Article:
At the moment, I have just started a graduate scheme with National Grid. They are also a Power Academy employer. I chose to work for National Grid instead of Siemens because I felt their graduate training scheme was better. I actually took a year out after graduating to travel. Before traveling I had secured this job with National Grid. My sister also has a Power Academy Scholarship with National Grid and she enjoyed her summer placements with them.
Yes. At the end of your degree, you will find it a lot easier than others to find work. You may well find yourself with a number of job offers to chose from. Electrical and electronic engineers are fast becoming a real commodity and are in big demand.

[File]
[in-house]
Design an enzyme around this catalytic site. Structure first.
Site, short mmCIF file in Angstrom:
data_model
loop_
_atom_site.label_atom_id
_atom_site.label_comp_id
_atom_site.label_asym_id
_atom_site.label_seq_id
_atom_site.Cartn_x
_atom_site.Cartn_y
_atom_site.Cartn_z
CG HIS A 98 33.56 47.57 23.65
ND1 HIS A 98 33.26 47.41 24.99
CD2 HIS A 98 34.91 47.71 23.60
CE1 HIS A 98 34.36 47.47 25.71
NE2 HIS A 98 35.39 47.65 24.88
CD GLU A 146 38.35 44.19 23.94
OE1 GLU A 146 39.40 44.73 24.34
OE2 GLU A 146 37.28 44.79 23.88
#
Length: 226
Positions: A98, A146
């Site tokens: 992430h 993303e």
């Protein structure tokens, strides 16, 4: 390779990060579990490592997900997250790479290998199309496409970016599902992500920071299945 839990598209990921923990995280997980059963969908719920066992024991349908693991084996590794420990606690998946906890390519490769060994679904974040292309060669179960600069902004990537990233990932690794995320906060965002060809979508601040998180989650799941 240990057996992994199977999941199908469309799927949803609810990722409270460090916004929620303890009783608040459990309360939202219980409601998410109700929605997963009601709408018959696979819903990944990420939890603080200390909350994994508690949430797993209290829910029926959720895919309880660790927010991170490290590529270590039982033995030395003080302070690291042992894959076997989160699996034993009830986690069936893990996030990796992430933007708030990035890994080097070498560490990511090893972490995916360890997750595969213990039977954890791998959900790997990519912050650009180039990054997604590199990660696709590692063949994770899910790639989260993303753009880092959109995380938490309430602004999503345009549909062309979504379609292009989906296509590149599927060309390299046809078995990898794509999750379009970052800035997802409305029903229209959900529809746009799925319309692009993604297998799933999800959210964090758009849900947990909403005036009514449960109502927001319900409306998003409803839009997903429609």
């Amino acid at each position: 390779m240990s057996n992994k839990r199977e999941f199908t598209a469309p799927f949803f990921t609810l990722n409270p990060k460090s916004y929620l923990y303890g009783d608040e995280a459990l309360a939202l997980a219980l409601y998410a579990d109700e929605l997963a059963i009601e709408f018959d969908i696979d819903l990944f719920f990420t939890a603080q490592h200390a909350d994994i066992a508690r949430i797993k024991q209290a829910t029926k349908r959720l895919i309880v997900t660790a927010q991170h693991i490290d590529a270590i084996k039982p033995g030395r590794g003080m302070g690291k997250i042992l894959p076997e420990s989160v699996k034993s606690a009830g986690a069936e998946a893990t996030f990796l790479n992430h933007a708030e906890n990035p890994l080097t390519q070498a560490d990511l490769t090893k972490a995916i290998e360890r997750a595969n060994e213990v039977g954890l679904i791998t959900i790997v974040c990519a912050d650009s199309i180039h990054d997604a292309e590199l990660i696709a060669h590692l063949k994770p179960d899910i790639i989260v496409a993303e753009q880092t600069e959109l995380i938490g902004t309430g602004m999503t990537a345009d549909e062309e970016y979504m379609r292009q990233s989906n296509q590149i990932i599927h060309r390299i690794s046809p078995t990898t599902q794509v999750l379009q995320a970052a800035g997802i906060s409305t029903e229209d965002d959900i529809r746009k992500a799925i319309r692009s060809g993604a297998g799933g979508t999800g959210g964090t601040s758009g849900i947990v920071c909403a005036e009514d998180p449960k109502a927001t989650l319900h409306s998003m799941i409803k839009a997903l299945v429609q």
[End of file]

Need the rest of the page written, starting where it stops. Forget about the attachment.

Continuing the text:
With an Electrical and Electronic Engineering degree you find yourself with so many opportunities to work in different and exciting industries. The Power industry is just one of them. A number of my friends went into consultancy, aerospace, telecoms, oil exploration, defense and utilities. The degree at Queen's is very broad and gives you a good insight into many industries leaving you with options upon graduation.
There is also the possibility not to work in engineering if you chose so. There are many employers looking for the skills and attributes of electrical and electronic engineers. A number of my classmates have gone into accountancy and finance.